' I was present at St. Patrick's Park on the 30th April. The British troops were fired upon and there were several casualties. The fire came from the neighbourhood of Jacob's factory. I was present when the prisoners from Jacob's factory surrendered at 5pm. I recognise the accused as one of them. He gave his rank as an officer. I had a list of the unarmed men made before the party was disarmed and the accused does not appear on that list. I was present when a Summary of Evidence was taken and i gave the same evidence as i have given now to the best of my belief. The accused didn't cross-examine me but he was in uniform. '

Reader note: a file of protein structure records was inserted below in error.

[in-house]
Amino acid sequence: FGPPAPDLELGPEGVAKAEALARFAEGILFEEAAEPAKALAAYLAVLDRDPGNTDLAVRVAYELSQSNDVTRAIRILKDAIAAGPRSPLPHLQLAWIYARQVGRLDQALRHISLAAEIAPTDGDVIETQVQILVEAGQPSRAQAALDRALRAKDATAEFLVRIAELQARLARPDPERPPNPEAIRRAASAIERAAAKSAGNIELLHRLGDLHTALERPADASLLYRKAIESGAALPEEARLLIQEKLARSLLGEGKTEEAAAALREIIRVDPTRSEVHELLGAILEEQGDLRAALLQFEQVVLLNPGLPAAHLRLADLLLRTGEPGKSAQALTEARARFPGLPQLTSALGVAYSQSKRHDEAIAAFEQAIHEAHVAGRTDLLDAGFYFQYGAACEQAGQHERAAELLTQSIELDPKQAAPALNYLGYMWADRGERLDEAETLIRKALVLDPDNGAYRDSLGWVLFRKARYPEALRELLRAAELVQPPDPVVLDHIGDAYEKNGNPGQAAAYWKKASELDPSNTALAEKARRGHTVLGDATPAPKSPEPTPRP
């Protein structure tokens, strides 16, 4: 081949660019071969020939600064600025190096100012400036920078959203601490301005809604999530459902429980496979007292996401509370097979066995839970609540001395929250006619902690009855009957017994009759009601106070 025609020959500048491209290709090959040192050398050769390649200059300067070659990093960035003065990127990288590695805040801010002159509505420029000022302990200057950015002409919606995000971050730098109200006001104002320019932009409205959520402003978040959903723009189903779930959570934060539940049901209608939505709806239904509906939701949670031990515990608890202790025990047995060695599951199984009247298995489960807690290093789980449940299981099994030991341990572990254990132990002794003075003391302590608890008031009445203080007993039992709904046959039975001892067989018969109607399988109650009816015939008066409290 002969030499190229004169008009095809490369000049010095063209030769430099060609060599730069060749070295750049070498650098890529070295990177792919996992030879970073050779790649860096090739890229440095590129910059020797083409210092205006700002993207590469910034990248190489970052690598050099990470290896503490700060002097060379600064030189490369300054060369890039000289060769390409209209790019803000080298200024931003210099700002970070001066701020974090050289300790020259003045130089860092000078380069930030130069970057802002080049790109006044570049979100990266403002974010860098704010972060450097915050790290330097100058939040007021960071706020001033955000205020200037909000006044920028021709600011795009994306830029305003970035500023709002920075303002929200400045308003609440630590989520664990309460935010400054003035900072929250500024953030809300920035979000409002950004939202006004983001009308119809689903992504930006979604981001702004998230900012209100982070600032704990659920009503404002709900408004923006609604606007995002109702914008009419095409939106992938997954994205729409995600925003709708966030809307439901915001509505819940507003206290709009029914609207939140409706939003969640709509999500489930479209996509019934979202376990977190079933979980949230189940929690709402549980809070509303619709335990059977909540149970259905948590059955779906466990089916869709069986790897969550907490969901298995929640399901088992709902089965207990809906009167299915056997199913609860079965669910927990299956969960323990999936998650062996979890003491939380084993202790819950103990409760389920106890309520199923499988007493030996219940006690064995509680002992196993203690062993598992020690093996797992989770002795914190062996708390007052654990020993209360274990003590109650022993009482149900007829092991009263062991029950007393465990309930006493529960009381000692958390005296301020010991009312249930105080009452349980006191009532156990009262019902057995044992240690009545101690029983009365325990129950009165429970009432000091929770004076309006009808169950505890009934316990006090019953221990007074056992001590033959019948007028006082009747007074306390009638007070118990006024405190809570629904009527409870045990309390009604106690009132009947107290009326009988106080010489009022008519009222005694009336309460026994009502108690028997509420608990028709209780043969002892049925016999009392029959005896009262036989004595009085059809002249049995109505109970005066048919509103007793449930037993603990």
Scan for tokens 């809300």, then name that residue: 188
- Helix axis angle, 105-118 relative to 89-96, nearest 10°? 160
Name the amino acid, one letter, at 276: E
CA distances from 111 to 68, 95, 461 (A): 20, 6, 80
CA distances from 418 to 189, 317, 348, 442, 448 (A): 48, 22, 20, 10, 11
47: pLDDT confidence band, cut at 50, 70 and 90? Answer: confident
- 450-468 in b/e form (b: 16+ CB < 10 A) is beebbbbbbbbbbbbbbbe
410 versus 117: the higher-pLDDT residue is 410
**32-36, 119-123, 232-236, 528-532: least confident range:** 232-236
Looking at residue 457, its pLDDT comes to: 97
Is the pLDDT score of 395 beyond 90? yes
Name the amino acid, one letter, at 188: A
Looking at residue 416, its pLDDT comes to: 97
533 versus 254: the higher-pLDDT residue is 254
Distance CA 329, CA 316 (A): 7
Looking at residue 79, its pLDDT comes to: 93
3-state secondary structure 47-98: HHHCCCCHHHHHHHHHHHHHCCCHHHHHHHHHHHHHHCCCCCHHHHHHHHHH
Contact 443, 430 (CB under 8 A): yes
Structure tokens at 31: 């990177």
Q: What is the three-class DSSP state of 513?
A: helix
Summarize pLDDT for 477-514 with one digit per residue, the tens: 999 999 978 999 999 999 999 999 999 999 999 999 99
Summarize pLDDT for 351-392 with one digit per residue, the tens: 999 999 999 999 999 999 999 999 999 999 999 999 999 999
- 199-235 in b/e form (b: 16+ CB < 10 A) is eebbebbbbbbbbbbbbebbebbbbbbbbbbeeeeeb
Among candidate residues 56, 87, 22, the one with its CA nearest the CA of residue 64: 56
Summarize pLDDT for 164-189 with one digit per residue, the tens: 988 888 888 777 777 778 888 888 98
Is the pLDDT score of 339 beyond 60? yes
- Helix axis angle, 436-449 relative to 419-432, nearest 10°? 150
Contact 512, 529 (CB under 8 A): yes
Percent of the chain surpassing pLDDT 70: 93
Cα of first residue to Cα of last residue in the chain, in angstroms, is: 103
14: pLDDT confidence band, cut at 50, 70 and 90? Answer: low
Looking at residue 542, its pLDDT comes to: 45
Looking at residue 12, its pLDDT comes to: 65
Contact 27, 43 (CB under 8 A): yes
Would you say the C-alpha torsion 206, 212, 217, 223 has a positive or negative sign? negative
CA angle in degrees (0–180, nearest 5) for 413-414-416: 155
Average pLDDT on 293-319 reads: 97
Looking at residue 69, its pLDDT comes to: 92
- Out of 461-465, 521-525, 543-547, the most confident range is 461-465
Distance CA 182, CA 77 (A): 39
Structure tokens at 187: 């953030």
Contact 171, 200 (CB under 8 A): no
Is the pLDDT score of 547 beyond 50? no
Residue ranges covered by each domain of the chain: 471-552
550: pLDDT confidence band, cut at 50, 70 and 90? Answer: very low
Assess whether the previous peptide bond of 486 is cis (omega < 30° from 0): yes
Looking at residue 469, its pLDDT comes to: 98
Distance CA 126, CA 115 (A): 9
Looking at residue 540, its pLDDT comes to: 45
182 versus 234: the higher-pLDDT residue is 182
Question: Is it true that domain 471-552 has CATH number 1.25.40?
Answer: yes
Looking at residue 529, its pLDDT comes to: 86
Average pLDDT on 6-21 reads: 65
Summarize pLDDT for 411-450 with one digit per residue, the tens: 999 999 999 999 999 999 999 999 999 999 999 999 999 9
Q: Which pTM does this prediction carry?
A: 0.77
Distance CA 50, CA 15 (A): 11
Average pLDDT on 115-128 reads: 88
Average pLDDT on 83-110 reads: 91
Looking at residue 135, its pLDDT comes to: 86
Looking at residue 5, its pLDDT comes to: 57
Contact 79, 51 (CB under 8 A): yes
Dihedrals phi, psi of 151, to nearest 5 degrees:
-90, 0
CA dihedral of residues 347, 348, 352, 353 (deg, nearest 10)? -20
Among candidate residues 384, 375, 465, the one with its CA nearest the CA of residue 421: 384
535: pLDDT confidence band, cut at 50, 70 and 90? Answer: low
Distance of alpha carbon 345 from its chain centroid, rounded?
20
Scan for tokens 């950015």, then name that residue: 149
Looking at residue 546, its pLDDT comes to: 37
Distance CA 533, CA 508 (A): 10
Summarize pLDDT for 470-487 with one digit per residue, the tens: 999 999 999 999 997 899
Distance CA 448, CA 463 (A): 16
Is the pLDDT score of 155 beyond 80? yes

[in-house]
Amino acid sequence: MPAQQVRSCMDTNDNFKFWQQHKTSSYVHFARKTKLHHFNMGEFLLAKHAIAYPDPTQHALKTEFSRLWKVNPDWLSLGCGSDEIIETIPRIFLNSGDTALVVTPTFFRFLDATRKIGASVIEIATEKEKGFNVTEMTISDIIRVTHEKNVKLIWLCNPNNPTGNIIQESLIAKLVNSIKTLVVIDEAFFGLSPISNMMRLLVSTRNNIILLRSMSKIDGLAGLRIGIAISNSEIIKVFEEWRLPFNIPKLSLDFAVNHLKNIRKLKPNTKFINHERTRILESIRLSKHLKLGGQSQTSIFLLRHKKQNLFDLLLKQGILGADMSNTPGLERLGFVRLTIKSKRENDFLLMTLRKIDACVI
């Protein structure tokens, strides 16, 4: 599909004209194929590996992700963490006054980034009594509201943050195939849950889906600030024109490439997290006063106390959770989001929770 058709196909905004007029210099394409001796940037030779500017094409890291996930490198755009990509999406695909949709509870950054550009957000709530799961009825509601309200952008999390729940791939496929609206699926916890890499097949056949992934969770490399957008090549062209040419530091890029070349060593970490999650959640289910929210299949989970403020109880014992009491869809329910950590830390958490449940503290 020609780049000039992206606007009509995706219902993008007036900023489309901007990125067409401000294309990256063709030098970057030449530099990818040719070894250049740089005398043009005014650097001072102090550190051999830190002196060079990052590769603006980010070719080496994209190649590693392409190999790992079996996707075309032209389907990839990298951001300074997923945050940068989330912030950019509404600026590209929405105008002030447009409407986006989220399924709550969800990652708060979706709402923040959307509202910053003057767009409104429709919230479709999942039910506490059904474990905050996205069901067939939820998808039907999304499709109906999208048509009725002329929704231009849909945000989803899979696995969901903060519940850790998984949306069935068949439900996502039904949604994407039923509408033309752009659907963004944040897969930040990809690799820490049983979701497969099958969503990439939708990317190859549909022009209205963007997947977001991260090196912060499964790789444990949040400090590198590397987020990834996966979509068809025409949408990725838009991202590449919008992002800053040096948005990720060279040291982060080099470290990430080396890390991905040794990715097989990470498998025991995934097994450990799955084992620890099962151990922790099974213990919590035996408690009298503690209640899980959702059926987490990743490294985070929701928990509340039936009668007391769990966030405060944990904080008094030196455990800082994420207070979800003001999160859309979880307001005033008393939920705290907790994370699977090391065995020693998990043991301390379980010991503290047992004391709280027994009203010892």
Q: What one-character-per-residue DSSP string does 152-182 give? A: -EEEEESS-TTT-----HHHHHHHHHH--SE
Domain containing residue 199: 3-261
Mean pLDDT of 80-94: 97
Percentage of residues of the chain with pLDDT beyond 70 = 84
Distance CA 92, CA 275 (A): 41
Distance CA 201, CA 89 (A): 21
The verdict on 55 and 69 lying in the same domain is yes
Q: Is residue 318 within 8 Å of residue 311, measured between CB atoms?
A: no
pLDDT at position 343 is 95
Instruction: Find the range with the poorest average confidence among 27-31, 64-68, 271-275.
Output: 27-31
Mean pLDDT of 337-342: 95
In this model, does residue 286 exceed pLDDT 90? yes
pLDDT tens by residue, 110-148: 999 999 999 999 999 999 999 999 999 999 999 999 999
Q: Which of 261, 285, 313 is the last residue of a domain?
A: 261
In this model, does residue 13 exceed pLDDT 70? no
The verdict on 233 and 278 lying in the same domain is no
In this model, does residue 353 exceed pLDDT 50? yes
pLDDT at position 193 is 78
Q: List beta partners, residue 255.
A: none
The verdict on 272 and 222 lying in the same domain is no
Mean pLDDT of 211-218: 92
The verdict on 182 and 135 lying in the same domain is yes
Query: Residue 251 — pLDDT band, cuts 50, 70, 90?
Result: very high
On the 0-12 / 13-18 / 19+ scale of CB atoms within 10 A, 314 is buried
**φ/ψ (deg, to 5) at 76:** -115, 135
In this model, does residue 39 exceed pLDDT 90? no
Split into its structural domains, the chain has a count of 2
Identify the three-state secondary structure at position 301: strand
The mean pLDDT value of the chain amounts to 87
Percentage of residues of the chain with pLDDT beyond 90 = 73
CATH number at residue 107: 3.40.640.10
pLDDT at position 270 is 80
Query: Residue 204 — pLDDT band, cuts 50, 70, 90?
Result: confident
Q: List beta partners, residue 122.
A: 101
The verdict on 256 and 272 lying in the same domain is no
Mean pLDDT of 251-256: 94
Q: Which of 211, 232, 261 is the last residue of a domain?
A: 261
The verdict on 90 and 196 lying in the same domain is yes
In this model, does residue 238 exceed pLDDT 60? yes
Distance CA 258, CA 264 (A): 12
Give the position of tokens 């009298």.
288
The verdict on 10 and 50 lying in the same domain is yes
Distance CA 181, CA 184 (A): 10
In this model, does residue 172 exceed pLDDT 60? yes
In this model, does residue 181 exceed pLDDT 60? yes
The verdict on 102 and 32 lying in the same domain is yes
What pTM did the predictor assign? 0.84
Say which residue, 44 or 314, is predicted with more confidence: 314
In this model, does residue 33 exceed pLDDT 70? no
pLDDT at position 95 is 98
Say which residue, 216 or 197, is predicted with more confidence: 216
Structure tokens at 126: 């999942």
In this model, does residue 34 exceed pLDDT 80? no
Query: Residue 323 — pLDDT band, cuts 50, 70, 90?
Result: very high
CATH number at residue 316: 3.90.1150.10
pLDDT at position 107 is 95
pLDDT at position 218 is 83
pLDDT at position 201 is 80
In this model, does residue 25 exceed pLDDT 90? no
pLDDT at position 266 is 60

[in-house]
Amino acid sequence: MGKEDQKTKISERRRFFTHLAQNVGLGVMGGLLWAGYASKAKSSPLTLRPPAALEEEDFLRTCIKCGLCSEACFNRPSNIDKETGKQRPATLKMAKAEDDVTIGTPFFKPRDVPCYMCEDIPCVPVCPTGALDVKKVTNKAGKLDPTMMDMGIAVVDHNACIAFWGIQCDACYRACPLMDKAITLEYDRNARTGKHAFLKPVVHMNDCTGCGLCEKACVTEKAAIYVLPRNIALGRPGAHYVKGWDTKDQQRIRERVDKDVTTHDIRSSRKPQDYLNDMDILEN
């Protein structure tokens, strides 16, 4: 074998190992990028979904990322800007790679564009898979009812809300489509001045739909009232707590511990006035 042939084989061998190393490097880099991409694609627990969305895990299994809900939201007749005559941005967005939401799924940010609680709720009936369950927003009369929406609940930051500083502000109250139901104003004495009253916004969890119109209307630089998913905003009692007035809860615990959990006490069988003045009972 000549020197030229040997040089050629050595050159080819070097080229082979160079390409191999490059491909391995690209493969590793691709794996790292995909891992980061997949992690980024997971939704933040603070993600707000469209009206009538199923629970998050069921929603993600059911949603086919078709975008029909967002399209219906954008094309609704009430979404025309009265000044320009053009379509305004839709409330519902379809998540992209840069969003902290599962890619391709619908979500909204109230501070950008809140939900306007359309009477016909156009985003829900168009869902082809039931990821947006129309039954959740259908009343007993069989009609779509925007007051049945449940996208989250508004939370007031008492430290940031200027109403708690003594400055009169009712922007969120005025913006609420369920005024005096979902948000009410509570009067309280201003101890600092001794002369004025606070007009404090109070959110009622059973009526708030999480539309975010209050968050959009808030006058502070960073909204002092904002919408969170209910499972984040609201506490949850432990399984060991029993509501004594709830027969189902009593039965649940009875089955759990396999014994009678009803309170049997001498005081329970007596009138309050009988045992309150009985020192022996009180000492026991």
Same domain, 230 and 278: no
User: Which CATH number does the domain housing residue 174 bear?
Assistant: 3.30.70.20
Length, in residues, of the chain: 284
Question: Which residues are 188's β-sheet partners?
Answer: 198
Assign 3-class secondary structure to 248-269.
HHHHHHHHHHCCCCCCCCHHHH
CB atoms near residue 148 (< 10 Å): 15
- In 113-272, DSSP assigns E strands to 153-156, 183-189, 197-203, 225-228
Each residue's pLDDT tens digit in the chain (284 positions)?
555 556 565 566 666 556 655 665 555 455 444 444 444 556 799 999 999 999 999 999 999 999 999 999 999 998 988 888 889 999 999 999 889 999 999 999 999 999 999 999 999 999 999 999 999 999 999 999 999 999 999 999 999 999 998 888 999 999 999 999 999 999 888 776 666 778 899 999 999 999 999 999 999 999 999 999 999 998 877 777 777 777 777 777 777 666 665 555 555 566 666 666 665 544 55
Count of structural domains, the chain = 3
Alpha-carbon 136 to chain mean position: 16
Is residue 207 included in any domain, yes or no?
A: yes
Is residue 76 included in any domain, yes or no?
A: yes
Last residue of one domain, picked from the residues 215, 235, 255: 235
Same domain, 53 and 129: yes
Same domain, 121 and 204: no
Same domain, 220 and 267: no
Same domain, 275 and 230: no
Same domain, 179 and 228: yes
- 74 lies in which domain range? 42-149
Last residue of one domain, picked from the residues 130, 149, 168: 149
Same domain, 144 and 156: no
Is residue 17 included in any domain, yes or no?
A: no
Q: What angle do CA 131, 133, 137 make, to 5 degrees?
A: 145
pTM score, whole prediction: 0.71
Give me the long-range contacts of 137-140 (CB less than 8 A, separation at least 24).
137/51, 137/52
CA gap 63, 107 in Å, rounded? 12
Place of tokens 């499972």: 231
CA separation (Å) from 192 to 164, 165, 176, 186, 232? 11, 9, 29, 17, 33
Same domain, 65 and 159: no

When cross-examined by John MacBride, Armstrong confirmed that the accused was a member of the party that surrendered but that Armstrong did not produce a with MacBride's name on it. The 2nd witness was 2nd Lieutenant S.H Jackson ( 3rd Royal Irish regiment ) who stated: ' I recognise the accused as John MacBride. He gave his name as Major John MacBride. I was in charge of the searching party in the gymnasium. The accused handed his note book to me there, the date being 1st May 1916. ' John MacBride declined to cross-examine this witness. The only witness called by MacBride in his defence was Mrs Allan ( 8 Spencer Villas, Glenaquary ) who stated: